Academic collaboration for UAV chemical detection

Collaboration between Loughborough University and local SME to develop next generation of chemical detectors for UAVs.

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The Company

T4i Engineering is an SME focusing on the design and development of advanced chemical detection systems that are mounted on unmanned aerial vehicles (UAVs). The company is a member of the Integrated Mission Group for Security (IMGS) and participates in the EDEN supplier platform and the DRIVER community. They are also members of the European Alliance for Innovation (EAI) of the Robotics and Autonomous Systems Special Interest Group established by InnovateUK.

What they do

Their core business is the design of modular and adaptive detectors and R&D activities related to security applications and search and rescue operations. They collaborate with UAV and robot providers on mounting chemical detectors on-board unmanned platforms. 

T4i Engineering runs R&D in areas of miniaturisation and additive/subtractive manufacturing for chemical detectors.  T4i engineering explores both field and industrial applications in collaboration with university teams.

The Challenge

The detectors on board UAVs need to be small, lightweight and have low power consumption.  They also need to be able to cope with variations in pressure, temperature and humidity as these can all have a bearing on the reliability and accuracy of the readings.

The design & development of these systems entails the evaluation of performance on-board the UAV, where rapid changes of temperature, pressure and humidity are likely to occur, due to flight conditions. T4i wanted to establish a relationship with academics at Loughborough University with a view to working together on larger R&D projects.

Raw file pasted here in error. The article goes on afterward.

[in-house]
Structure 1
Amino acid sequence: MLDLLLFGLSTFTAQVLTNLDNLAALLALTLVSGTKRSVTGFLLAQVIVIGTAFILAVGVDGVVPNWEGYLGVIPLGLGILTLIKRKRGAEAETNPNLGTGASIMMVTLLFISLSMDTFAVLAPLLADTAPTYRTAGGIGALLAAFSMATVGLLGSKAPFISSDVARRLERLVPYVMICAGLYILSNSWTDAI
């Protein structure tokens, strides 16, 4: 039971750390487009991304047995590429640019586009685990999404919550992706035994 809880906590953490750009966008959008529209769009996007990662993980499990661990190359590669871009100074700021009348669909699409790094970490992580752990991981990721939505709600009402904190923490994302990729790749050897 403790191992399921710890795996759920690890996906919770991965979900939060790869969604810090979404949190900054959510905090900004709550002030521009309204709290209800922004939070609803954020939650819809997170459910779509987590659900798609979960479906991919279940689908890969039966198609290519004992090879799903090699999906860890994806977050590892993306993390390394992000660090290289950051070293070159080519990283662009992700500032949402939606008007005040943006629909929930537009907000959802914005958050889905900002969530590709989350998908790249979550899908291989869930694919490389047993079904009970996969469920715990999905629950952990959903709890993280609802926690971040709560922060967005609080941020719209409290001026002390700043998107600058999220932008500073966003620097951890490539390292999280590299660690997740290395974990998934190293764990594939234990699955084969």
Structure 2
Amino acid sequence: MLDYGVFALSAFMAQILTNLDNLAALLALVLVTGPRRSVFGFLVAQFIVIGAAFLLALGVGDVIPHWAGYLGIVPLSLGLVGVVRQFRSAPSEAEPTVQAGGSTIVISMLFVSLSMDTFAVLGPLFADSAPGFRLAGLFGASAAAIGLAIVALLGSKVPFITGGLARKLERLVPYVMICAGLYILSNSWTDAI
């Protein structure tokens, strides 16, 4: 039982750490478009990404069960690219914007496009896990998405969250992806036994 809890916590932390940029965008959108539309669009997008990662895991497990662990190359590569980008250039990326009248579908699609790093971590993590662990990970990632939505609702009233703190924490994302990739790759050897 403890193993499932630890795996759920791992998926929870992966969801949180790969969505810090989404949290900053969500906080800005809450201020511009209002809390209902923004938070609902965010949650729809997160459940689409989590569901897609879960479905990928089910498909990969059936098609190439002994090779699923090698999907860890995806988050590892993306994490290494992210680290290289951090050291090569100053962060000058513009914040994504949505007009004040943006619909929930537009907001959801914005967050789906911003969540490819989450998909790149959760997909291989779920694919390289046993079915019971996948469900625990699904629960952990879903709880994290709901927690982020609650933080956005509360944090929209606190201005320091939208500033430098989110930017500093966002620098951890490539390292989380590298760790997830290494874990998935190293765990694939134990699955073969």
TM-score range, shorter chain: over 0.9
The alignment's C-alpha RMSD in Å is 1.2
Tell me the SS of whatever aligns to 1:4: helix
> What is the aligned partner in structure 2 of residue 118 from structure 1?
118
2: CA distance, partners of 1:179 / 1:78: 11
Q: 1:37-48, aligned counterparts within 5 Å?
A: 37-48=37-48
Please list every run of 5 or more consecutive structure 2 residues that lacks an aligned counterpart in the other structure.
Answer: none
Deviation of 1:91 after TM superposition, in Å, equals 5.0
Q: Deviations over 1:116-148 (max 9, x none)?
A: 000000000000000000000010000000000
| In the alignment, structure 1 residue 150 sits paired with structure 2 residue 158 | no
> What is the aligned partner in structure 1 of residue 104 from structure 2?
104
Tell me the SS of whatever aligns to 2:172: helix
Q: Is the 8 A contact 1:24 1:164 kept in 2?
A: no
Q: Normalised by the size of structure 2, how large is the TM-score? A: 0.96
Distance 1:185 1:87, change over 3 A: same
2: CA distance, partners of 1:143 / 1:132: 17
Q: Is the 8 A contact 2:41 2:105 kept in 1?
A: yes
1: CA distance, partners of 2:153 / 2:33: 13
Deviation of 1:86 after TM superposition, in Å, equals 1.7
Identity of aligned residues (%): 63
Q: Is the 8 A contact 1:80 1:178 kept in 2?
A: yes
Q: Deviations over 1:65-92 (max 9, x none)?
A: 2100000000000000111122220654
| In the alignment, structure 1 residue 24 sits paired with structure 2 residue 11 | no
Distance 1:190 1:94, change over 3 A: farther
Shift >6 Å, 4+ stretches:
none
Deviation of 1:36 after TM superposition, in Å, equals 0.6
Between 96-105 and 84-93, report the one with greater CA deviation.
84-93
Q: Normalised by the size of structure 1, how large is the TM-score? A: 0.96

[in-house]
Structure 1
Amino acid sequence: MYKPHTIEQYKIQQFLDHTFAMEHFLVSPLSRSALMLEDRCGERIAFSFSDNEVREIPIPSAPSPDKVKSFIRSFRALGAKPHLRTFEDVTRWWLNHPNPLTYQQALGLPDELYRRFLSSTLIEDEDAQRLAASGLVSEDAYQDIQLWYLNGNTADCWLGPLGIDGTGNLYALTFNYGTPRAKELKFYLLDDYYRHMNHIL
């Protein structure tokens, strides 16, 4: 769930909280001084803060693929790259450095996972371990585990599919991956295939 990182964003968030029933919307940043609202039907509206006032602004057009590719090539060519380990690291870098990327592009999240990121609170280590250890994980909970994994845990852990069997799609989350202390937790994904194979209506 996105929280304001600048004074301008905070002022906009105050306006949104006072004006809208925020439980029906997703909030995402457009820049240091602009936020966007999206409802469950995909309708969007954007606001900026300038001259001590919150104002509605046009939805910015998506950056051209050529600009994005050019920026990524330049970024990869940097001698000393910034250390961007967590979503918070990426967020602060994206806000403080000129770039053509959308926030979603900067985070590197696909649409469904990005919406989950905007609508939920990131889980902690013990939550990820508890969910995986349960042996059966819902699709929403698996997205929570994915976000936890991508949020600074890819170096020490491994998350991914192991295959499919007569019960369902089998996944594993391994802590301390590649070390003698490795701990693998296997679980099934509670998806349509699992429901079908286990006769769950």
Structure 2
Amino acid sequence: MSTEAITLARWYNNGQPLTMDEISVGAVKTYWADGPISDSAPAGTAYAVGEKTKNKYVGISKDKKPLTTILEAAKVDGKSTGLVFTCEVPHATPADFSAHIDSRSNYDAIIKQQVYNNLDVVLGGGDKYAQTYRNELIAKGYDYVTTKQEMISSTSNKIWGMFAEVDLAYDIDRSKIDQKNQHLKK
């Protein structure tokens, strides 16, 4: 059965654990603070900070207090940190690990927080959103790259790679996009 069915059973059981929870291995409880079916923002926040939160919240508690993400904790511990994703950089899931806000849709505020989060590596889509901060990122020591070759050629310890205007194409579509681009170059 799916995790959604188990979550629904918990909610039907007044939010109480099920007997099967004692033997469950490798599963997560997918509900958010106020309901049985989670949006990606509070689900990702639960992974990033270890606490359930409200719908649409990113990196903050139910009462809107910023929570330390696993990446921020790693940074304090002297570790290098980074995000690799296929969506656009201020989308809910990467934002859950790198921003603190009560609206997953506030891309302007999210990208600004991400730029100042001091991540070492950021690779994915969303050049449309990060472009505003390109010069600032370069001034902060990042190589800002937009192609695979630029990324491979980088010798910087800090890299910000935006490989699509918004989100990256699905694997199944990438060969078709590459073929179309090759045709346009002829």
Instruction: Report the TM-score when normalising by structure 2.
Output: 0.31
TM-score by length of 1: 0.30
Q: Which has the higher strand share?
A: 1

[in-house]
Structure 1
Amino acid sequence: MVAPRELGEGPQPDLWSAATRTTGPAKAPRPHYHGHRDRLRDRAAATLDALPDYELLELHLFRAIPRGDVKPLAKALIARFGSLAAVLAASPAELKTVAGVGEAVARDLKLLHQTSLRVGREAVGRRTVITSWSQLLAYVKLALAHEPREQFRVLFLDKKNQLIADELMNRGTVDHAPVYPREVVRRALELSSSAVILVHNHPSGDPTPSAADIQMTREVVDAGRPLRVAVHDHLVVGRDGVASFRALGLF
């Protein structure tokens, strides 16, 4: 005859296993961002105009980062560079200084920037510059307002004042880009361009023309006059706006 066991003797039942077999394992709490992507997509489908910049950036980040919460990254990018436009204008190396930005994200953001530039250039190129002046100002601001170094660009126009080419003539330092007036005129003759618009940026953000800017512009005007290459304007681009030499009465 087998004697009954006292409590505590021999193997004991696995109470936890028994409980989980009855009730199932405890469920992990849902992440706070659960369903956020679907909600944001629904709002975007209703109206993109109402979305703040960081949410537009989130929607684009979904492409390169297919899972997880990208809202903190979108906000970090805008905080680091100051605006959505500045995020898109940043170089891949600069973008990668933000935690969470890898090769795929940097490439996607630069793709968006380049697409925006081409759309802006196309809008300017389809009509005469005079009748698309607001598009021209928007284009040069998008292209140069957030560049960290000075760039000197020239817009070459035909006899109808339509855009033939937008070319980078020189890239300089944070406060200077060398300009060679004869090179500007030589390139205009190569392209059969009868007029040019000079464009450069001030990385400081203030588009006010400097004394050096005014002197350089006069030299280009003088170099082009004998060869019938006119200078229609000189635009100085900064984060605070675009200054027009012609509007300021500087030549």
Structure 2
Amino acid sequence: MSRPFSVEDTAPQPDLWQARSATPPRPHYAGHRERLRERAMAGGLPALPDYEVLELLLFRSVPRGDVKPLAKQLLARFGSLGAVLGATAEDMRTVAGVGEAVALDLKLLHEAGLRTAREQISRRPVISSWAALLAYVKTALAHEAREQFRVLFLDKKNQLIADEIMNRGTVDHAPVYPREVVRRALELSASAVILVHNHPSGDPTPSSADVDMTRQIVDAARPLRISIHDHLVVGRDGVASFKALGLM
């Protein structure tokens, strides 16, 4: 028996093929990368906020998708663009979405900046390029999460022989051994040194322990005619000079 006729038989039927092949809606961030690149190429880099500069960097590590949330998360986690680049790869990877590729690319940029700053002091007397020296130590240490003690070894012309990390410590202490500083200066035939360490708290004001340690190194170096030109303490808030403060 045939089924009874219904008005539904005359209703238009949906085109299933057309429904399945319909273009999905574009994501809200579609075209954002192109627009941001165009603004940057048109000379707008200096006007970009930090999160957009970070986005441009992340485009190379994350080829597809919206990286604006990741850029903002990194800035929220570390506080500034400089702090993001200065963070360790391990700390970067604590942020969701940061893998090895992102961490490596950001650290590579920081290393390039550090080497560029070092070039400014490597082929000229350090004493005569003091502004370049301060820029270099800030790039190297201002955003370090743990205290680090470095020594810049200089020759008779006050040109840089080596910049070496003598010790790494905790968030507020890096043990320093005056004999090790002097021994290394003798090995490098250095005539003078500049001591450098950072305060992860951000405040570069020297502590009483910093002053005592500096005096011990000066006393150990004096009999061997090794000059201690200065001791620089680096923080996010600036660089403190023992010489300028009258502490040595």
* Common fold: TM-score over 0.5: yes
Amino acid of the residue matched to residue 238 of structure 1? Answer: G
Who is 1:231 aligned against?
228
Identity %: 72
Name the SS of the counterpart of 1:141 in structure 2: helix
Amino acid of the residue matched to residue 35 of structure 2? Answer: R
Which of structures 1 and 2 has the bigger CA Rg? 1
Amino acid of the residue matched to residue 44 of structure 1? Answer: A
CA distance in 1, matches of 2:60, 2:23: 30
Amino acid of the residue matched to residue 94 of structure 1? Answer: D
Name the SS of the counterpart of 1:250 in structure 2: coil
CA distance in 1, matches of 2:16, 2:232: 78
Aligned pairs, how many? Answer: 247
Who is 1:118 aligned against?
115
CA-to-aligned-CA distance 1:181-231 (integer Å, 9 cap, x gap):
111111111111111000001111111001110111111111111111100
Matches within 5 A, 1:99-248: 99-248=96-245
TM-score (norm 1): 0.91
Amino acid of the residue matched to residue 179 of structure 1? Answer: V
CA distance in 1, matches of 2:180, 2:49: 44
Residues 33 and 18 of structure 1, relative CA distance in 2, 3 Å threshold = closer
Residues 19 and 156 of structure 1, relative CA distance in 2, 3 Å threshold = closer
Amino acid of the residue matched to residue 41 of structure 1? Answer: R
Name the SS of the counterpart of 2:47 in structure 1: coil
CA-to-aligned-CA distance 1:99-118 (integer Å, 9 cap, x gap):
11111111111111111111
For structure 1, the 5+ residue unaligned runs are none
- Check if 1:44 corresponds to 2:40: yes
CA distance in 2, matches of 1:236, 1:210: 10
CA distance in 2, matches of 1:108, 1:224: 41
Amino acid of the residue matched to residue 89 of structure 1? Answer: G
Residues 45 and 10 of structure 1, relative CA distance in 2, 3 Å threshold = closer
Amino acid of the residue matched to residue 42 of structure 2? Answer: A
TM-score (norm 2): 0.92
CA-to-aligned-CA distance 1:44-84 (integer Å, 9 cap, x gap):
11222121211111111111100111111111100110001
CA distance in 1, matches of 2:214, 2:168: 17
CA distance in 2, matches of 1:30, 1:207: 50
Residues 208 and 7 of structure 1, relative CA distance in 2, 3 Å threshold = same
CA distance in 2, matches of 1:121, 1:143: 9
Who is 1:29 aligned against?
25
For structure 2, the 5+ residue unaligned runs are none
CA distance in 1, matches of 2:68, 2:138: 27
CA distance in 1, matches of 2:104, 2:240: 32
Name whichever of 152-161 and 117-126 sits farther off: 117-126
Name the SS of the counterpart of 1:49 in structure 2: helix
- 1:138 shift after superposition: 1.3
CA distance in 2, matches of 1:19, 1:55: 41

The Solution

T4i Engineering Ltd applied to The iNet for support from the ERDF Smart Innovation and Networking for Growth programme.  This programme offers SMEs fully-funded access to up to 5 days support from a Loughborough University academic.

The company used their 5 days of support to work with Dr James Knowles, a lecturer in dynamics and control at the Aeronautical and Automotive Engineering department of Loughborough University. 

The project was to:

  • Understand the impacts of flying conditions on the performance of a chemical detector as a payload on a UAV
  • Deliver concrete proposals for further studies that will allow any constraints or limitations under certain flight conditions to be addressed,
  • Find the optimum location/placement of the detector on the unmanned platform,
Dr Knowles hoped that the study would benefit his research activities through:
  • External engagement with T4i Engineering and the generation of impact from his research findings,
  • Expanding his contribution to the department’s existing research activities in the area of UAV chemical detection systems (which are currently algorithm-focused).

T4i Engineering hoped that the study would:
  • Result in new knowledge for performance optimization of the T4i DOVER™ chemical detector which is designed for use on board unmanned vehicles.
  • Lead to further studies (and possible applications to further funding schemes) for establishing a theoretical model of impacts that will address different types of chemical detectors as well as different types of UAV

In addition to this support, T4i Engineering was also supported by the Loughborough University Space Incubator programme.  The company was not previously aware that businesses working on space-enabled applications (making use of satellite data, communications and imagery) could be eligible for support from the space sector.  The company was signposted to a range of support organisations and funding competitions.  The company was introduced to InnovateUKs’ Knowledge Transfer Manager for Space and the UK Ambassador for ESA’s Integrated Applications Promotion (IAP) programme.

The Outcome

Dr Knowles completed the work and produced a report which detailed his findings and highlighted questions requiring further investigation.

T4i are looking to continue working with Dr Knowles on more extensive studies and are seeking funding opportunities for such work. A new project will seek to establish, among others, a theoretical model of impacts that will address different types of chemical detectors as well as different types of UAVs.


“James studied the impacts of flying conditions on the performance of the detectors helping us to identify ways to optimise the performance of our T4i DOVER™”

George Pallis, MD
About the client

T4i Engineering Ltd

T4i Engineering Limited
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